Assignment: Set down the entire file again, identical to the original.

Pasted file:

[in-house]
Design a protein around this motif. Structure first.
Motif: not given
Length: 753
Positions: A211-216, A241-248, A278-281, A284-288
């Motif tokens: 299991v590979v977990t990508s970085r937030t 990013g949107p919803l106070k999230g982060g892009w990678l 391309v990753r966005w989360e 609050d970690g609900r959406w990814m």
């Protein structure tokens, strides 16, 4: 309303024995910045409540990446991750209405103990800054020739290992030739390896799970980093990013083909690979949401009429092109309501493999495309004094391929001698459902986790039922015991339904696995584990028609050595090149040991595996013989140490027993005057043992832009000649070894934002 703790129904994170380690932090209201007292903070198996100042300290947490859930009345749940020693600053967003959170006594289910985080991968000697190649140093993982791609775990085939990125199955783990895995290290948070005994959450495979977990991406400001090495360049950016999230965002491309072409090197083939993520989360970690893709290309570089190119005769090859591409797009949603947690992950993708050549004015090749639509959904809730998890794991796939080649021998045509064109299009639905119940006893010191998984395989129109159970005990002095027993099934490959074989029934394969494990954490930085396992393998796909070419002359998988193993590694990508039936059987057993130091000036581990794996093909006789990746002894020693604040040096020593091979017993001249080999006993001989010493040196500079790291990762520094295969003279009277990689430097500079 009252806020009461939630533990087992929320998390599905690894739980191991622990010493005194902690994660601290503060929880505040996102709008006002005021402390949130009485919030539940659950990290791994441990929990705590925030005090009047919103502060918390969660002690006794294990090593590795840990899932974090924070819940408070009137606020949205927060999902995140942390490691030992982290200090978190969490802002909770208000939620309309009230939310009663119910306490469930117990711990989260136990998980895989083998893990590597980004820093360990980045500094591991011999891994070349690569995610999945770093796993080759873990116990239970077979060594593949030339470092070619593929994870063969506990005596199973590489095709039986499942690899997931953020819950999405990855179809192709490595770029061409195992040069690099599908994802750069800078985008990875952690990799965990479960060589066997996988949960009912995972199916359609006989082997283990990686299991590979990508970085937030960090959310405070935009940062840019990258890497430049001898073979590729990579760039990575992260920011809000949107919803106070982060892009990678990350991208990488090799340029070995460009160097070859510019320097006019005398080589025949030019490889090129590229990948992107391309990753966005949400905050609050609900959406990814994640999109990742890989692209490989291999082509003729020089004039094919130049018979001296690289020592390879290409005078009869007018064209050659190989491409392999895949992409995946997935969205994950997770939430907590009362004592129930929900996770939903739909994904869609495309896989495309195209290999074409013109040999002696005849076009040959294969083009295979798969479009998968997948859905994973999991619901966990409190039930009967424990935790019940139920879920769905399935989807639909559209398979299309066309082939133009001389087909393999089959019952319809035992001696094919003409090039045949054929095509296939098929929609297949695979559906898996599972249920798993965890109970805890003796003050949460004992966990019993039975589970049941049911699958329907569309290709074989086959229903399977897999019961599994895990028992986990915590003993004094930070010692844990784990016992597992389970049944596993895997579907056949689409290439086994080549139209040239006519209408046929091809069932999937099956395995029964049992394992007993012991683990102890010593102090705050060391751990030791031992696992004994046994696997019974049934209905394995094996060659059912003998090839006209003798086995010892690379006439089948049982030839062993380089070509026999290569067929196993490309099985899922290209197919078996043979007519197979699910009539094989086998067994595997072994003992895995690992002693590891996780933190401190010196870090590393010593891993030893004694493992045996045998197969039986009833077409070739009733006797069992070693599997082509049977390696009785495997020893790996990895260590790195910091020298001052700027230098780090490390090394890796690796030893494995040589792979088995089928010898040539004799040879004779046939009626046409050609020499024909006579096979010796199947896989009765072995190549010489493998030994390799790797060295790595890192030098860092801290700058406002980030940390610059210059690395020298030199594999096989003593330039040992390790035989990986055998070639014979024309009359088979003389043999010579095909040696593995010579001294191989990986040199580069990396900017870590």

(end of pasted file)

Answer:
[in-house]
Design a protein around this motif. Structure first.
Motif: not given
Length: 753
Positions: A211-216, A241-248, A278-281, A284-288
């Motif tokens: 299991v590979v977990t990508s970085r937030t 990013g949107p919803l106070k999230g982060g892009w990678l 391309v990753r966005w989360e 609050d970690g609900r959406w990814m």
């Protein structure tokens, strides 16, 4: 309303024995910045409540990446991750209405103990800054020739290992030739390896799970980093990013083909690979949401009429092109309501493999495309004094391929001698459902986790039922015991339904696995584990028609050595090149040991595996013989140490027993005057043992832009000649070894934002 703790129904994170380690932090209201007292903070198996100042300290947490859930009345749940020693600053967003959170006594289910985080991968000697190649140093993982791609775990085939990125199955783990895995290290948070005994959450495979977990991406400001090495360049950016999230965002491309072409090197083939993520989360970690893709290309570089190119005769090859591409797009949603947690992950993708050549004015090749639509959904809730998890794991796939080649021998045509064109299009639905119940006893010191998984395989129109159970005990002095027993099934490959074989029934394969494990954490930085396992393998796909070419002359998988193993590694990508039936059987057993130091000036581990794996093909006789990746002894020693604040040096020593091979017993001249080999006993001989010493040196500079790291990762520094295969003279009277990689430097500079 009252806020009461939630533990087992929320998390599905690894739980191991622990010493005194902690994660601290503060929880505040996102709008006002005021402390949130009485919030539940659950990290791994441990929990705590925030005090009047919103502060918390969660002690006794294990090593590795840990899932974090924070819940408070009137606020949205927060999902995140942390490691030992982290200090978190969490802002909770208000939620309309009230939310009663119910306490469930117990711990989260136990998980895989083998893990590597980004820093360990980045500094591991011999891994070349690569995610999945770093796993080759873990116990239970077979060594593949030339470092070619593929994870063969506990005596199973590489095709039986499942690899997931953020819950999405990855179809192709490595770029061409195992040069690099599908994802750069800078985008990875952690990799965990479960060589066997996988949960009912995972199916359609006989082997283990990686299991590979990508970085937030960090959310405070935009940062840019990258890497430049001898073979590729990579760039990575992260920011809000949107919803106070982060892009990678990350991208990488090799340029070995460009160097070859510019320097006019005398080589025949030019490889090129590229990948992107391309990753966005949400905050609050609900959406990814994640999109990742890989692209490989291999082509003729020089004039094919130049018979001296690289020592390879290409005078009869007018064209050659190989491409392999895949992409995946997935969205994950997770939430907590009362004592129930929900996770939903739909994904869609495309896989495309195209290999074409013109040999002696005849076009040959294969083009295979798969479009998968997948859905994973999991619901966990409190039930009967424990935790019940139920879920769905399935989807639909559209398979299309066309082939133009001389087909393999089959019952319809035992001696094919003409090039045949054929095509296939098929929609297949695979559906898996599972249920798993965890109970805890003796003050949460004992966990019993039975589970049941049911699958329907569309290709074989086959229903399977897999019961599994895990028992986990915590003993004094930070010692844990784990016992597992389970049944596993895997579907056949689409290439086994080549139209040239006519209408046929091809069932999937099956395995029964049992394992007993012991683990102890010593102090705050060391751990030791031992696992004994046994696997019974049934209905394995094996060659059912003998090839006209003798086995010892690379006439089948049982030839062993380089070509026999290569067929196993490309099985899922290209197919078996043979007519197979699910009539094989086998067994595997072994003992895995690992002693590891996780933190401190010196870090590393010593891993030893004694493992045996045998197969039986009833077409070739009733006797069992070693599997082509049977390696009785495997020893790996990895260590790195910091020298001052700027230098780090490390090394890796690796030893494995040589792979088995089928010898040539004799040879004779046939009626046409050609020499024909006579096979010796199947896989009765072995190549010489493998030994390799790797060295790595890192030098860092801290700058406002980030940390610059210059690395020298030199594999096989003593330039040992390790035989990986055998070639014979024309009359088979003389043999010579095909040696593995010579001294191989990986040199580069990396900017870590």